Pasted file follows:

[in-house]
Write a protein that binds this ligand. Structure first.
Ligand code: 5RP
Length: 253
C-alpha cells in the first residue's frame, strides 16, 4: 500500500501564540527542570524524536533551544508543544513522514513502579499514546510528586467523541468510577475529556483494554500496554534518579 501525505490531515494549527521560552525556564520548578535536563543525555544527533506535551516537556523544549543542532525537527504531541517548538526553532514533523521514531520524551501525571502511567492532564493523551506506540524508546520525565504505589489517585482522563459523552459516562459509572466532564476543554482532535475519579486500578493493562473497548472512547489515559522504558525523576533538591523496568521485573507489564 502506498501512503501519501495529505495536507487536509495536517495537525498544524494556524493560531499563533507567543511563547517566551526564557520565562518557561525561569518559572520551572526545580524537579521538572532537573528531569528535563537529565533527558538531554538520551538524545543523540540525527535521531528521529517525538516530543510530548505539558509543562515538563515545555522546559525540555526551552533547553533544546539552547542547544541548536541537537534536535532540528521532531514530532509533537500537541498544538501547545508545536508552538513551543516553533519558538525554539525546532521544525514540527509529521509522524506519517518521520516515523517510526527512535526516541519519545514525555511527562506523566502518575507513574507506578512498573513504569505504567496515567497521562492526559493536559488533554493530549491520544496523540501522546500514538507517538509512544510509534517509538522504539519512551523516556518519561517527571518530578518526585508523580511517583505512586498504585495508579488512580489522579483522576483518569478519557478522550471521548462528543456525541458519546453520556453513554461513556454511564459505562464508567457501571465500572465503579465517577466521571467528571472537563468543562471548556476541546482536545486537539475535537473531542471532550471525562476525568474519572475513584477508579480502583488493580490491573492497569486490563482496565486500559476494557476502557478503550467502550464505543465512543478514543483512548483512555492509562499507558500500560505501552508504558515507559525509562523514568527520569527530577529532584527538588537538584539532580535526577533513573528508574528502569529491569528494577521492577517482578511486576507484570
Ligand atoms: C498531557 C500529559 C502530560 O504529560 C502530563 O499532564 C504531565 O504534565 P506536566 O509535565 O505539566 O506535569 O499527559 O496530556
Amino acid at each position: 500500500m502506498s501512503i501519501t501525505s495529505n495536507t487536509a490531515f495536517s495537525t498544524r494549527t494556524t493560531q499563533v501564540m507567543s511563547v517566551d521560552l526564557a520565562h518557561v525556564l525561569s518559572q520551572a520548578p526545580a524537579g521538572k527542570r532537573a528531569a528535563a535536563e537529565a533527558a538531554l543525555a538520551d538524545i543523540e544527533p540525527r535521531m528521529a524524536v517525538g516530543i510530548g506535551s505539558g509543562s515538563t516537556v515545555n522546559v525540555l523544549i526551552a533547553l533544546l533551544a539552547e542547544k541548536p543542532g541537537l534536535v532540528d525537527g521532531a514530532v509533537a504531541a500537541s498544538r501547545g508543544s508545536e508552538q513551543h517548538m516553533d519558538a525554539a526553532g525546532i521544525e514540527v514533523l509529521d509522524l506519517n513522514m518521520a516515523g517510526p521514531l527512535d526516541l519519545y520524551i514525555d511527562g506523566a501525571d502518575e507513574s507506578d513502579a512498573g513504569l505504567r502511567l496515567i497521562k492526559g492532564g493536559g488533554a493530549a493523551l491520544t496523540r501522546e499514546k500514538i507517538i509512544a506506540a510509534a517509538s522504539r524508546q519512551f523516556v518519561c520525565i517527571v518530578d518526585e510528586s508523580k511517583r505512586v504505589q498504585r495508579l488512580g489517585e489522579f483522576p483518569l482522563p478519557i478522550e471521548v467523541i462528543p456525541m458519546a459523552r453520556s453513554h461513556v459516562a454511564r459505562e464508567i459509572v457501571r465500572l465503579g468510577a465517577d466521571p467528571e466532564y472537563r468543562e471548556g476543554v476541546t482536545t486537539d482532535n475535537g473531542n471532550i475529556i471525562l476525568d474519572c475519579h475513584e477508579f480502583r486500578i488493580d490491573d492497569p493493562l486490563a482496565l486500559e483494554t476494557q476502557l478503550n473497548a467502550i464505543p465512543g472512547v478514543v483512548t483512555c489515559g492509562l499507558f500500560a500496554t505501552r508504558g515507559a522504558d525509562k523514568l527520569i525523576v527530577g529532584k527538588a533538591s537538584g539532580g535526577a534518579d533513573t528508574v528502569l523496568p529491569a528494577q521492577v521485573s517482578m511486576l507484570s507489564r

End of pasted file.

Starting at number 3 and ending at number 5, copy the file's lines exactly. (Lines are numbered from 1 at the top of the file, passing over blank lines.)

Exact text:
Ligand code: 5RP
Length: 253
C-alpha cells in the first residue's frame, strides 16, 4: 500500500501564540527542570524524536533551544508543544513522514513502579499514546510528586467523541468510577475529556483494554500496554534518579 501525505490531515494549527521560552525556564520548578535536563543525555544527533506535551516537556523544549543542532525537527504531541517548538526553532514533523521514531520524551501525571502511567492532564493523551506506540524508546520525565504505589489517585482522563459523552459516562459509572466532564476543554482532535475519579486500578493493562473497548472512547489515559522504558525523576533538591523496568521485573507489564 502506498501512503501519501495529505495536507487536509495536517495537525498544524494556524493560531499563533507567543511563547517566551526564557520565562518557561525561569518559572520551572526545580524537579521538572532537573528531569528535563537529565533527558538531554538520551538524545543523540540525527535521531528521529517525538516530543510530548505539558509543562515538563515545555522546559525540555526551552533547553533544546539552547542547544541548536541537537534536535532540528521532531514530532509533537500537541498544538501547545508545536508552538513551543516553533519558538525554539525546532521544525514540527509529521509522524506519517518521520516515523517510526527512535526516541519519545514525555511527562506523566502518575507513574507506578512498573513504569505504567496515567497521562492526559493536559488533554493530549491520544496523540501522546500514538507517538509512544510509534517509538522504539519512551523516556518519561517527571518530578518526585508523580511517583505512586498504585495508579488512580489522579483522576483518569478519557478522550471521548462528543456525541458519546453520556453513554461513556454511564459505562464508567457501571465500572465503579465517577466521571467528571472537563468543562471548556476541546482536545486537539475535537473531542471532550471525562476525568474519572475513584477508579480502583488493580490491573492497569486490563482496565486500559476494557476502557478503550467502550464505543465512543478514543483512548483512555492509562499507558500500560505501552508504558515507559525509562523514568527520569527530577529532584527538588537538584539532580535526577533513573528508574528502569529491569528494577521492577517482578511486576507484570